TelcoBridges equipment supports the STM-1/OC3 level of transports (155Mbps) in a single fiber. Since this data rate can contain the complete voice/data payload from the local side of the blade, the only supported redundancy scheme is 1+1.
Unidirectional vs bidirectional
This configuration parameter refers to the APS switching protocol established between the two facing devices. In a unidirectional operation mode, the device that detects a failure on a working channel no. 1 (let’s assume ‘Equipment E’) requests to the remote equipment (let’s assume ‘Equipment F’) to drive the signal o a specific working channel data to the protection line.
Once this request is acknowledged, Equipment E now starts to ‘listen’ to the protection channel but still drives its signal on the working channel. This configuration option makes the actual bidirectional voice/data path to be split into two different fibers (TX on working channel 1 and RX on protection channel). This methodology has the potential of surviving a dual fiber failure as long as both failures are not in the same direction. That means that Equipment F could later request for working channel 3 to be driven to the protection channel. In such an event, the protection channel would transport working channel 1 in one direction and working channel 3 is the other direction.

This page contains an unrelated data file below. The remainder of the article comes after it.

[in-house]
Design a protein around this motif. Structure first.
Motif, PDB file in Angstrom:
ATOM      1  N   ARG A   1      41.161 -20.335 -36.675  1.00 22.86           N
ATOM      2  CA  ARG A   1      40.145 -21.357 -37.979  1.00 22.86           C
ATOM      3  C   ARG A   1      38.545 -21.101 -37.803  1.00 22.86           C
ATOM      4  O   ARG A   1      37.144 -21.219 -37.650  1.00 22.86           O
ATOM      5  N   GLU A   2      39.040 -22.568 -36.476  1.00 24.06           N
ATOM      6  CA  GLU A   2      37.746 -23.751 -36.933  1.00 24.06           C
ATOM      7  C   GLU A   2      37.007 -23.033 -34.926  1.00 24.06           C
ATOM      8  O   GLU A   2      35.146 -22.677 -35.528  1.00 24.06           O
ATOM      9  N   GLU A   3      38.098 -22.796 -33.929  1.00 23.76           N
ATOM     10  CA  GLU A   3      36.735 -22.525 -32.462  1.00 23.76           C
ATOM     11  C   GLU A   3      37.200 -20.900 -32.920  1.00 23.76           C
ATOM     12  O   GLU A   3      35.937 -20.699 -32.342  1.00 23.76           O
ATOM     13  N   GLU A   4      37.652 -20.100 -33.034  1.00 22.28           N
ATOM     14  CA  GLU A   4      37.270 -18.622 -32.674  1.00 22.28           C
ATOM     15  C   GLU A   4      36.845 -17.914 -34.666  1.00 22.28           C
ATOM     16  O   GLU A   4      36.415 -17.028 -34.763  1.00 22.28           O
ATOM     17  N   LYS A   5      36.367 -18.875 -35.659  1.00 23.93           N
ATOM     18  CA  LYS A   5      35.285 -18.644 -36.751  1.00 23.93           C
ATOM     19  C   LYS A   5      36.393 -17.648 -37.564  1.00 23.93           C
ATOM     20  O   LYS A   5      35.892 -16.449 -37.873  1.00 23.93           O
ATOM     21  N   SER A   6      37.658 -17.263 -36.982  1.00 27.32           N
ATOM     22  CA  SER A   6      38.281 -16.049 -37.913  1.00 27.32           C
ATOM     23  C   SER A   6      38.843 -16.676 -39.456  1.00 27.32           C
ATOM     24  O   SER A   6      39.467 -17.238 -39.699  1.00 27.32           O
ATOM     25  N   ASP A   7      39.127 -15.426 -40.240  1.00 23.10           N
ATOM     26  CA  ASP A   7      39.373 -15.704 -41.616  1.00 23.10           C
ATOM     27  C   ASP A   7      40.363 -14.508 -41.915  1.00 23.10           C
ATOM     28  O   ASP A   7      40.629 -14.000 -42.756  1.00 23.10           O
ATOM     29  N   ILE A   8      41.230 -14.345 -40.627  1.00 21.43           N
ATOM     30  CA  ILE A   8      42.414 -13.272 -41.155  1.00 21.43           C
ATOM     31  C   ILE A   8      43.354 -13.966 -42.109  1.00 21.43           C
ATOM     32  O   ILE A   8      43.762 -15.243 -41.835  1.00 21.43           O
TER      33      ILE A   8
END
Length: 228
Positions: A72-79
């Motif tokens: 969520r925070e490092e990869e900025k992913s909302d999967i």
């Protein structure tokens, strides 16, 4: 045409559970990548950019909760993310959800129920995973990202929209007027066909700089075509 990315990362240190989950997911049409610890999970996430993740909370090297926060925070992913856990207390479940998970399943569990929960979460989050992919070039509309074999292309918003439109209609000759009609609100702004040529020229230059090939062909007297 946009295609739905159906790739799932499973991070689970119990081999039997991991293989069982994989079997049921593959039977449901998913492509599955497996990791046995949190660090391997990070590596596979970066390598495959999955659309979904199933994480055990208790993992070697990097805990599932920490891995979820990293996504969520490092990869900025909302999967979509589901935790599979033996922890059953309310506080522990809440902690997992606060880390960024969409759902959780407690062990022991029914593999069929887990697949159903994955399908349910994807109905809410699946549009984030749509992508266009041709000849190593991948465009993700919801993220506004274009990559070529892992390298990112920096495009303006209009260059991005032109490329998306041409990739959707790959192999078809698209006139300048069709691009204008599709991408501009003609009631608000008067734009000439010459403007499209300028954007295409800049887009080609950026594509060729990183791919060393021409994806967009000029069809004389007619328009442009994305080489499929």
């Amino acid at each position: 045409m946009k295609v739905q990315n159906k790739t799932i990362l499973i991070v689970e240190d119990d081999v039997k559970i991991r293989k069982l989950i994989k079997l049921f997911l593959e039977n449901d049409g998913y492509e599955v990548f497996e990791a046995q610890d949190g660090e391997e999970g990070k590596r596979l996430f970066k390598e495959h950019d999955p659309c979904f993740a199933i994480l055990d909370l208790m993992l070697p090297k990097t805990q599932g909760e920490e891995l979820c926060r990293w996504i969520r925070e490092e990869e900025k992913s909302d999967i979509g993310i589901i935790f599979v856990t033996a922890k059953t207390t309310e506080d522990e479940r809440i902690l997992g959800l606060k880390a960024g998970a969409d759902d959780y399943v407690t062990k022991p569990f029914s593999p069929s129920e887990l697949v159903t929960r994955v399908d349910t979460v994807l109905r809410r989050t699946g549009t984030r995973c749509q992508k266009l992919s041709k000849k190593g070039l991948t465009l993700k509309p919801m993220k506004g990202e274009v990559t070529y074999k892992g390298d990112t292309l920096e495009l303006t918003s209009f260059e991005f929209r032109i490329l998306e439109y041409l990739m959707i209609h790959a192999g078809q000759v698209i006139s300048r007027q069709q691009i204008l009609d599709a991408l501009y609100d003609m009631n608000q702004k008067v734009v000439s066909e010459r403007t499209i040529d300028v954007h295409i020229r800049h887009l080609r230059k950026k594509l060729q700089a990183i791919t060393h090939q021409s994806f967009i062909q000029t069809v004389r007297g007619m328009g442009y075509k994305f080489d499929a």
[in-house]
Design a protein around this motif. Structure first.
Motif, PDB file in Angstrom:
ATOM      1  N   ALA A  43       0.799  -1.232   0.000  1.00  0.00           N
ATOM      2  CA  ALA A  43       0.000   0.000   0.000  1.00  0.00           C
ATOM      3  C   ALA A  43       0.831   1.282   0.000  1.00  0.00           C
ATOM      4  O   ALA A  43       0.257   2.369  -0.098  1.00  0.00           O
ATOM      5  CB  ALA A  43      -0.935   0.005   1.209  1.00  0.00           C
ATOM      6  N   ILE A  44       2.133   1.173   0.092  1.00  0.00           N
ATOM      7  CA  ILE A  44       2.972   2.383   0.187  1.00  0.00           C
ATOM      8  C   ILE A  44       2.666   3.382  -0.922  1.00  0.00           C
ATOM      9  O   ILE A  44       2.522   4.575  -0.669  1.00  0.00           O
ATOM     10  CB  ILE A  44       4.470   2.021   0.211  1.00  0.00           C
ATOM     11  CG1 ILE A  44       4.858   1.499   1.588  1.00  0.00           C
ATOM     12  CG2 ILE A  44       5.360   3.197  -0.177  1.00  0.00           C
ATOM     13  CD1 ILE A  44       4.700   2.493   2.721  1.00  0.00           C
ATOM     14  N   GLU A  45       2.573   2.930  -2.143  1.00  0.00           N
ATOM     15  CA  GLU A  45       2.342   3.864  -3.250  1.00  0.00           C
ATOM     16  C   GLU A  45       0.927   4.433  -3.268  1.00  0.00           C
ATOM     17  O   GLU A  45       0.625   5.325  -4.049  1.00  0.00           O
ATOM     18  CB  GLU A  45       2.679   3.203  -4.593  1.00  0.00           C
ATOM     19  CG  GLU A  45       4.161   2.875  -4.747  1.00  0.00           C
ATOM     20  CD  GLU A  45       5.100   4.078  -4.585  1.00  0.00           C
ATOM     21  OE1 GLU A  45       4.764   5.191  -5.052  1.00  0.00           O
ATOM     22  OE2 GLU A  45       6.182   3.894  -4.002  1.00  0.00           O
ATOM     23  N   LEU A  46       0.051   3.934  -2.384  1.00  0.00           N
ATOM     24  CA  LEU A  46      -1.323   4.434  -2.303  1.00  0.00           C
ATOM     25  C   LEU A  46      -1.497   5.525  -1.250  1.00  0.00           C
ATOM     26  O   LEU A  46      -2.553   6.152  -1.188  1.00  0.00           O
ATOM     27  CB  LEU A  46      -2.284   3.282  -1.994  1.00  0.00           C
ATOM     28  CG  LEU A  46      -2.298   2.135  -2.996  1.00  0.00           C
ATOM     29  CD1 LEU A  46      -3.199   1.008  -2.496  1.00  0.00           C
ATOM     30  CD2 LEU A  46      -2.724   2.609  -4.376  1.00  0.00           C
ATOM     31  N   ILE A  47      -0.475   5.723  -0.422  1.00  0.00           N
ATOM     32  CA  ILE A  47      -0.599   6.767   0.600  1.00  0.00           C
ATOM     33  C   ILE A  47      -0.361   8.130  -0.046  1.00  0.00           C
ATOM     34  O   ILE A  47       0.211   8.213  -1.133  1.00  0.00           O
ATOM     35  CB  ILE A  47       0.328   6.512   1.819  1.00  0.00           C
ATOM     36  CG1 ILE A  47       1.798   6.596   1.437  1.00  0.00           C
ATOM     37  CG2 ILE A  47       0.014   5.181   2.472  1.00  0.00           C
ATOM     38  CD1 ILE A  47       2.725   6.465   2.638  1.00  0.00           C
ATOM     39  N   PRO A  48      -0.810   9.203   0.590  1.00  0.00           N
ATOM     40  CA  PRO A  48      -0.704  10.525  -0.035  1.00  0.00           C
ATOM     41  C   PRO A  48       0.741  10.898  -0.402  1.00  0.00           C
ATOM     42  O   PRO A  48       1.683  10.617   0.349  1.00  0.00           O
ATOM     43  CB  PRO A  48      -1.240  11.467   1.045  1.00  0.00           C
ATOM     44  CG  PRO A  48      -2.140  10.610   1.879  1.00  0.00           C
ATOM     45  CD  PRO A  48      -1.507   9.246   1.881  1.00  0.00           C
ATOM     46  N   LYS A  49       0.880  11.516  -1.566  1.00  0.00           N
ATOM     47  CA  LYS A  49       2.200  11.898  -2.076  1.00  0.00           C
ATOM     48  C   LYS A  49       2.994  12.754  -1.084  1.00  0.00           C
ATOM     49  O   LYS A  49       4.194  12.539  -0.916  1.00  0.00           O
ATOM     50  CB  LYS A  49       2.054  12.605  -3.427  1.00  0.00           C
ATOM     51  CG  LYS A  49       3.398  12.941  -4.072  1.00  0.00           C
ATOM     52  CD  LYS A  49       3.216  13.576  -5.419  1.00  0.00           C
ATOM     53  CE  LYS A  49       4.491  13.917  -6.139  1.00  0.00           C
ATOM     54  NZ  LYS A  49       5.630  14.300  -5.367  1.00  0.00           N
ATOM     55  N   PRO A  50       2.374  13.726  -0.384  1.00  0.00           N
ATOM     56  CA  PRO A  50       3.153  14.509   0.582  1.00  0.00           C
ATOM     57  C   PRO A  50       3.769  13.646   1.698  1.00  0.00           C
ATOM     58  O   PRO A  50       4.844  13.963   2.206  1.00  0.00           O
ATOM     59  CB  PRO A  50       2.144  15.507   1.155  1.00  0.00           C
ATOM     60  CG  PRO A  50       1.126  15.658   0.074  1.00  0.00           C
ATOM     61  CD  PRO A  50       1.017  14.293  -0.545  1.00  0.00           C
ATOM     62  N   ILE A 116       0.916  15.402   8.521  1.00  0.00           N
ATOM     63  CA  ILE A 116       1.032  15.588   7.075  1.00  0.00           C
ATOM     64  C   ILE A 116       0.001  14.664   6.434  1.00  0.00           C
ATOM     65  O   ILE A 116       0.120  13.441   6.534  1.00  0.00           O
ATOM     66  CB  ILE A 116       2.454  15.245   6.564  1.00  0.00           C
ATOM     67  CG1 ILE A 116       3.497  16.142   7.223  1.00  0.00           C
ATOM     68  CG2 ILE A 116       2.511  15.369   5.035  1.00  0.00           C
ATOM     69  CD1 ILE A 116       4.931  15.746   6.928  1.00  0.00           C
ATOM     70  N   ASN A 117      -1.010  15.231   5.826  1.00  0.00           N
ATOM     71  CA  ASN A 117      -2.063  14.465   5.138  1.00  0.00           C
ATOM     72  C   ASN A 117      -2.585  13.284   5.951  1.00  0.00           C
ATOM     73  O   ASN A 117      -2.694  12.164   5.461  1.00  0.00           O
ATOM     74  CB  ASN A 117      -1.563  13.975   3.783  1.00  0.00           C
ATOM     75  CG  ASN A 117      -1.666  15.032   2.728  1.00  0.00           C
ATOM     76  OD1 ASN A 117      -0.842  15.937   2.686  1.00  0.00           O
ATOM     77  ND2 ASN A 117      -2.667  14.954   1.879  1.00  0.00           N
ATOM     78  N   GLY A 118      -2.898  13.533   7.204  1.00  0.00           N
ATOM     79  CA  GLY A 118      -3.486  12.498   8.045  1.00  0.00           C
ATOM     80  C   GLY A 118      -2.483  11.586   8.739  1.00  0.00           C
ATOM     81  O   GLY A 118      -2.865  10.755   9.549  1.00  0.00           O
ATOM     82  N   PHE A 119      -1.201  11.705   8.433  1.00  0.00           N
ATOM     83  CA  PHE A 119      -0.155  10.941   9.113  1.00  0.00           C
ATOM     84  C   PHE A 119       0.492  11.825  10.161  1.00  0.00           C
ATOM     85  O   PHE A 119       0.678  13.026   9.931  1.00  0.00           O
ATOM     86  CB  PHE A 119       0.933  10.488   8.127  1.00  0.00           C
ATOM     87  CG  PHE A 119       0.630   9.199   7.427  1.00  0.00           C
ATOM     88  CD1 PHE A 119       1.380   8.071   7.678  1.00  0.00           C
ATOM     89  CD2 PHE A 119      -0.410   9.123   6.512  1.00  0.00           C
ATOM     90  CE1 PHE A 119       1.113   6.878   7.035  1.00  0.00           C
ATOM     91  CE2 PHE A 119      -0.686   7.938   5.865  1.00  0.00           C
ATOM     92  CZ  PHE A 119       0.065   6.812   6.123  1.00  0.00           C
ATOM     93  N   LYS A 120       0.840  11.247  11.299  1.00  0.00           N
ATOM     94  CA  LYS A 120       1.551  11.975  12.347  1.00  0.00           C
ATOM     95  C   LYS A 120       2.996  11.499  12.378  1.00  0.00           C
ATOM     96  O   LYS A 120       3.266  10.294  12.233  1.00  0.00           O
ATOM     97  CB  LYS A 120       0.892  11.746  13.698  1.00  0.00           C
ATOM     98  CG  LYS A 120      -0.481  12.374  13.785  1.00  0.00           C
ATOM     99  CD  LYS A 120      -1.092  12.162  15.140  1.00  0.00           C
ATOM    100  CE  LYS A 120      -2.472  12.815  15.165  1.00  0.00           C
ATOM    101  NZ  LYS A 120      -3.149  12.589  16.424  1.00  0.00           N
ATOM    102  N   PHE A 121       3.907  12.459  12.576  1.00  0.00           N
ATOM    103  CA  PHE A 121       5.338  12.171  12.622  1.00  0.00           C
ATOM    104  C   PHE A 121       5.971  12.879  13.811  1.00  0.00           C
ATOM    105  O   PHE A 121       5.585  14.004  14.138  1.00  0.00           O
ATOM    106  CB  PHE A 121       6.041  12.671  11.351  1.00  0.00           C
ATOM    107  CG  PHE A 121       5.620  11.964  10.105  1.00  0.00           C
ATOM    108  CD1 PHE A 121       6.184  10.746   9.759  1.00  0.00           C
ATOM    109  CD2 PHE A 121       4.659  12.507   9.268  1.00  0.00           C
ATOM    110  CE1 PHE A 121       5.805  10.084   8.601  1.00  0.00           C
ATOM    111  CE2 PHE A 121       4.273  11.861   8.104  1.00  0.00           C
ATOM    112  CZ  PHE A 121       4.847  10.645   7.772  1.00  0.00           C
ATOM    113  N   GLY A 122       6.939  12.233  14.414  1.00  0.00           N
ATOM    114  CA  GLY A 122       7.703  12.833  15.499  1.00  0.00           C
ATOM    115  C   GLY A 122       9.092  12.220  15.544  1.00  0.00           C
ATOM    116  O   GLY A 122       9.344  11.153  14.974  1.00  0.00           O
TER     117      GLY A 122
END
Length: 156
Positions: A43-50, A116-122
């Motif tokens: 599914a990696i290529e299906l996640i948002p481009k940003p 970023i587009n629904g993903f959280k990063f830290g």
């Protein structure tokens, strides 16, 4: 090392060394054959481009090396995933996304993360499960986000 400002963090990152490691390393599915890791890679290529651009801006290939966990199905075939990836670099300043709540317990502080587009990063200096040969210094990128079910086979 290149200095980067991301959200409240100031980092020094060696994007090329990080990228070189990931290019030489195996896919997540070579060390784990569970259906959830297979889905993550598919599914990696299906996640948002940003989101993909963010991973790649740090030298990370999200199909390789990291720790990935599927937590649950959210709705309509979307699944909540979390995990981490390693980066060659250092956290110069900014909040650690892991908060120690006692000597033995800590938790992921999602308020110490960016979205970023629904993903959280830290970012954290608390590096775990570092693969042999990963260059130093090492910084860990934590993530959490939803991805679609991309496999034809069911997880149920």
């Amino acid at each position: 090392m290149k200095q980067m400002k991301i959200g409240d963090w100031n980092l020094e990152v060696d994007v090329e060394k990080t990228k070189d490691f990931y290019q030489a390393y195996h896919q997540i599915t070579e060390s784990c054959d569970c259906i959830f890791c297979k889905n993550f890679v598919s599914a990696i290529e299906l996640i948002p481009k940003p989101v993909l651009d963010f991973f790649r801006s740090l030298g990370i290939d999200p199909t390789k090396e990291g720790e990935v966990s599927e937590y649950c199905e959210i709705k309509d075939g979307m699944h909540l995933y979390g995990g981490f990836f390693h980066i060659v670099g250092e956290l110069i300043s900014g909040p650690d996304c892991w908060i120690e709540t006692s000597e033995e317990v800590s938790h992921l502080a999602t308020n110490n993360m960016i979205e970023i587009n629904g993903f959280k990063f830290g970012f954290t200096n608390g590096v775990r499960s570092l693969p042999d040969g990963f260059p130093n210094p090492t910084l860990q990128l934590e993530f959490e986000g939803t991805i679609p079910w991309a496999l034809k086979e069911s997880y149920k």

When configured for bidirectional switch-over, the APS protocol will make sure that both directions of the failed working channel are switched to the protection fiber pair (regardless if one of the directions is still working). This makes the management of the fiber a little easier as a fiber can carry (or not) traffic rather than be transporting traffic in a single direction.
TelcoBridges equipment supports both unidirectional and bidirectional operation modes per a configuration setting when allocating the OC3/STM1 line interface.
Revertive vs non-revertive